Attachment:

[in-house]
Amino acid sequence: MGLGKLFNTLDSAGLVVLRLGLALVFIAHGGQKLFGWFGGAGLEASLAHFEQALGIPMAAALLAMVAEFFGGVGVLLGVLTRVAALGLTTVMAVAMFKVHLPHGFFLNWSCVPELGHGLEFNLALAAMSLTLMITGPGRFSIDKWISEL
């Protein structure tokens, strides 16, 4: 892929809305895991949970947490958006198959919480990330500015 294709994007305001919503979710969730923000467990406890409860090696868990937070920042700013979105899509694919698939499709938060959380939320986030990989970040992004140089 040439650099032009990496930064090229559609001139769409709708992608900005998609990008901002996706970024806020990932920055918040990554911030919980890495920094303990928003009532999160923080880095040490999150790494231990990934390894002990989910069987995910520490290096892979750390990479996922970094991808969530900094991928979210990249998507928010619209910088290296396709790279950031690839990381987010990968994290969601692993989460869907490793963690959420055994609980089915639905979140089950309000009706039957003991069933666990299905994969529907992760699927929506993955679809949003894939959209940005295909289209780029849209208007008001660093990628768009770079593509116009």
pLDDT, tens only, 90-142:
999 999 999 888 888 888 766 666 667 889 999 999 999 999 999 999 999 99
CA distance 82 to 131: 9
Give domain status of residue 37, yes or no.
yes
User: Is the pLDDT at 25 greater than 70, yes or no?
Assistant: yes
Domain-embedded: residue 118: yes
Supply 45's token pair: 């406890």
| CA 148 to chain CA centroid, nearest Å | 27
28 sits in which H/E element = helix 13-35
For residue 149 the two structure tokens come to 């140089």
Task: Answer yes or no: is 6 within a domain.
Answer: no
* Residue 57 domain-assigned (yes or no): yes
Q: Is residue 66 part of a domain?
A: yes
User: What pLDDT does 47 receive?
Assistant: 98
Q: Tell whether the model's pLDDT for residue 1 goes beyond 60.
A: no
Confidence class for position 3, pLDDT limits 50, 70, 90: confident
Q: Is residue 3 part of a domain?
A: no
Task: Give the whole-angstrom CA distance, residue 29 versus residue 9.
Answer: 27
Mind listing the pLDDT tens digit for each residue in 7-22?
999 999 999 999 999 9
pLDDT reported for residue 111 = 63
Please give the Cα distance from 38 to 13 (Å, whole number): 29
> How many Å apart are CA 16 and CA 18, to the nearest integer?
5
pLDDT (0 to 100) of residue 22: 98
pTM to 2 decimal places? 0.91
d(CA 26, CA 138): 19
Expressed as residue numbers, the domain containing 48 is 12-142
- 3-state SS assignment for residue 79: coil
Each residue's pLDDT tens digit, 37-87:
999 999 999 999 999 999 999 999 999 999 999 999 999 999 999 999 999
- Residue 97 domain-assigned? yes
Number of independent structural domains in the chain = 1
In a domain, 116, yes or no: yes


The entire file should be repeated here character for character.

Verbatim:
[in-house]
Amino acid sequence: MGLGKLFNTLDSAGLVVLRLGLALVFIAHGGQKLFGWFGGAGLEASLAHFEQALGIPMAAALLAMVAEFFGGVGVLLGVLTRVAALGLTTVMAVAMFKVHLPHGFFLNWSCVPELGHGLEFNLALAAMSLTLMITGPGRFSIDKWISEL
């Protein structure tokens, strides 16, 4: 892929809305895991949970947490958006198959919480990330500015 294709994007305001919503979710969730923000467990406890409860090696868990937070920042700013979105899509694919698939499709938060959380939320986030990989970040992004140089 040439650099032009990496930064090229559609001139769409709708992608900005998609990008901002996706970024806020990932920055918040990554911030919980890495920094303990928003009532999160923080880095040490999150790494231990990934390894002990989910069987995910520490290096892979750390990479996922970094991808969530900094991928979210990249998507928010619209910088290296396709790279950031690839990381987010990968994290969601692993989460869907490793963690959420055994609980089915639905979140089950309000009706039957003991069933666990299905994969529907992760699927929506993955679809949003894939959209940005295909289209780029849209208007008001660093990628768009770079593509116009």
pLDDT, tens only, 90-142:
999 999 999 888 888 888 766 666 667 889 999 999 999 999 999 999 999 99
CA distance 82 to 131: 9
Give domain status of residue 37, yes or no.
yes
User: Is the pLDDT at 25 greater than 70, yes or no?
Assistant: yes
Domain-embedded: residue 118: yes
Supply 45's token pair: 């406890």
| CA 148 to chain CA centroid, nearest Å | 27
28 sits in which H/E element = helix 13-35
For residue 149 the two structure tokens come to 């140089």
Task: Answer yes or no: is 6 within a domain.
Answer: no
* Residue 57 domain-assigned (yes or no): yes
Q: Is residue 66 part of a domain?
A: yes
User: What pLDDT does 47 receive?
Assistant: 98
Q: Tell whether the model's pLDDT for residue 1 goes beyond 60.
A: no
Confidence class for position 3, pLDDT limits 50, 70, 90: confident
Q: Is residue 3 part of a domain?
A: no
Task: Give the whole-angstrom CA distance, residue 29 versus residue 9.
Answer: 27
Mind listing the pLDDT tens digit for each residue in 7-22?
999 999 999 999 999 9
pLDDT reported for residue 111 = 63
Please give the Cα distance from 38 to 13 (Å, whole number): 29
> How many Å apart are CA 16 and CA 18, to the nearest integer?
5
pLDDT (0 to 100) of residue 22: 98
pTM to 2 decimal places? 0.91
d(CA 26, CA 138): 19
Expressed as residue numbers, the domain containing 48 is 12-142
- 3-state SS assignment for residue 79: coil
Each residue's pLDDT tens digit, 37-87:
999 999 999 999 999 999 999 999 999 999 999 999 999 999 999 999 999
- Residue 97 domain-assigned? yes
Number of independent structural domains in the chain = 1
In a domain, 116, yes or no: yes